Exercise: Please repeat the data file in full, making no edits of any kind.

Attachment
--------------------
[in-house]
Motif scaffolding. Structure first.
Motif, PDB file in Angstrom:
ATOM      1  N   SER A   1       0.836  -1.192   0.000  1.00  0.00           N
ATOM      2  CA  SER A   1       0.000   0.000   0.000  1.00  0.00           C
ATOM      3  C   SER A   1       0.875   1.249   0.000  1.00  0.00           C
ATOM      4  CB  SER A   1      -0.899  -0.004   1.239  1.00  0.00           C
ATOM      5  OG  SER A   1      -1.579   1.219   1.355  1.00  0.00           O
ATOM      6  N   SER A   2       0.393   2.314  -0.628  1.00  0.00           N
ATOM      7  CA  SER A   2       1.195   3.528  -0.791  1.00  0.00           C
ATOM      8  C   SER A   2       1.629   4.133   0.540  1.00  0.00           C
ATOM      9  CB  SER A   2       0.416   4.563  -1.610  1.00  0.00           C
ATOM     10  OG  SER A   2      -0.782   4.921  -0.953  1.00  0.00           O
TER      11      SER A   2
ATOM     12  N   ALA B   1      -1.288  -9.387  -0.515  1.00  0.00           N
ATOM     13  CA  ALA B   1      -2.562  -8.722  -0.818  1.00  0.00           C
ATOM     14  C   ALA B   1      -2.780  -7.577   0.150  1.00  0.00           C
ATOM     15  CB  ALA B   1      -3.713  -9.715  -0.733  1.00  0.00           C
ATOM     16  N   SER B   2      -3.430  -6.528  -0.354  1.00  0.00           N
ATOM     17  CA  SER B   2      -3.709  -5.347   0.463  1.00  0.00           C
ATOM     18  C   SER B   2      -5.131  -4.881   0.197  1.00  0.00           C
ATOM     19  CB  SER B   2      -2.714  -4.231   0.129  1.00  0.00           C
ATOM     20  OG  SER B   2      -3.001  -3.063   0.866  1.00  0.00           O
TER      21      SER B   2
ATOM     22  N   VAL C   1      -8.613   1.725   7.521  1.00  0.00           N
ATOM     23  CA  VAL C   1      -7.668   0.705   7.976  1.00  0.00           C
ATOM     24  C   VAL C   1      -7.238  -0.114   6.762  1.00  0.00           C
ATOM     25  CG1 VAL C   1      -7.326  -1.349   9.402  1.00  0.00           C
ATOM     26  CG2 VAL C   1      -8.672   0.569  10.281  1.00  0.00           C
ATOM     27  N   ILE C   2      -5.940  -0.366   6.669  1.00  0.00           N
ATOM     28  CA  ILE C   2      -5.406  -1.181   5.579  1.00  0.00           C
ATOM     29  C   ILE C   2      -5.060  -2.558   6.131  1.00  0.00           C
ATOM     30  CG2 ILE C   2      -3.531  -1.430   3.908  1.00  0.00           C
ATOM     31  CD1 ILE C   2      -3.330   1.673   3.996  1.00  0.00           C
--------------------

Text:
[in-house]
Motif scaffolding. Structure first.
Motif, PDB file in Angstrom:
ATOM      1  N   SER A   1       0.836  -1.192   0.000  1.00  0.00           N
ATOM      2  CA  SER A   1       0.000   0.000   0.000  1.00  0.00           C
ATOM      3  C   SER A   1       0.875   1.249   0.000  1.00  0.00           C
ATOM      4  CB  SER A   1      -0.899  -0.004   1.239  1.00  0.00           C
ATOM      5  OG  SER A   1      -1.579   1.219   1.355  1.00  0.00           O
ATOM      6  N   SER A   2       0.393   2.314  -0.628  1.00  0.00           N
ATOM      7  CA  SER A   2       1.195   3.528  -0.791  1.00  0.00           C
ATOM      8  C   SER A   2       1.629   4.133   0.540  1.00  0.00           C
ATOM      9  CB  SER A   2       0.416   4.563  -1.610  1.00  0.00           C
ATOM     10  OG  SER A   2      -0.782   4.921  -0.953  1.00  0.00           O
TER      11      SER A   2
ATOM     12  N   ALA B   1      -1.288  -9.387  -0.515  1.00  0.00           N
ATOM     13  CA  ALA B   1      -2.562  -8.722  -0.818  1.00  0.00           C
ATOM     14  C   ALA B   1      -2.780  -7.577   0.150  1.00  0.00           C
ATOM     15  CB  ALA B   1      -3.713  -9.715  -0.733  1.00  0.00           C
ATOM     16  N   SER B   2      -3.430  -6.528  -0.354  1.00  0.00           N
ATOM     17  CA  SER B   2      -3.709  -5.347   0.463  1.00  0.00           C
ATOM     18  C   SER B   2      -5.131  -4.881   0.197  1.00  0.00           C
ATOM     19  CB  SER B   2      -2.714  -4.231   0.129  1.00  0.00           C
ATOM     20  OG  SER B   2      -3.001  -3.063   0.866  1.00  0.00           O
TER      21      SER B   2
ATOM     22  N   VAL C   1      -8.613   1.725   7.521  1.00  0.00           N
ATOM     23  CA  VAL C   1      -7.668   0.705   7.976  1.00  0.00           C
ATOM     24  C   VAL C   1      -7.238  -0.114   6.762  1.00  0.00           C
ATOM     25  CG1 VAL C   1      -7.326  -1.349   9.402  1.00  0.00           C
ATOM     26  CG2 VAL C   1      -8.672   0.569  10.281  1.00  0.00           C
ATOM     27  N   ILE C   2      -5.940  -0.366   6.669  1.00  0.00           N
ATOM     28  CA  ILE C   2      -5.406  -1.181   5.579  1.00  0.00           C
ATOM     29  C   ILE C   2      -5.060  -2.558   6.131  1.00  0.00           C
ATOM     30  CG2 ILE C   2      -3.531  -1.430   3.908  1.00  0.00           C
ATOM     31  CD1 ILE C   2      -3.330   1.673   3.996  1.00  0.00           C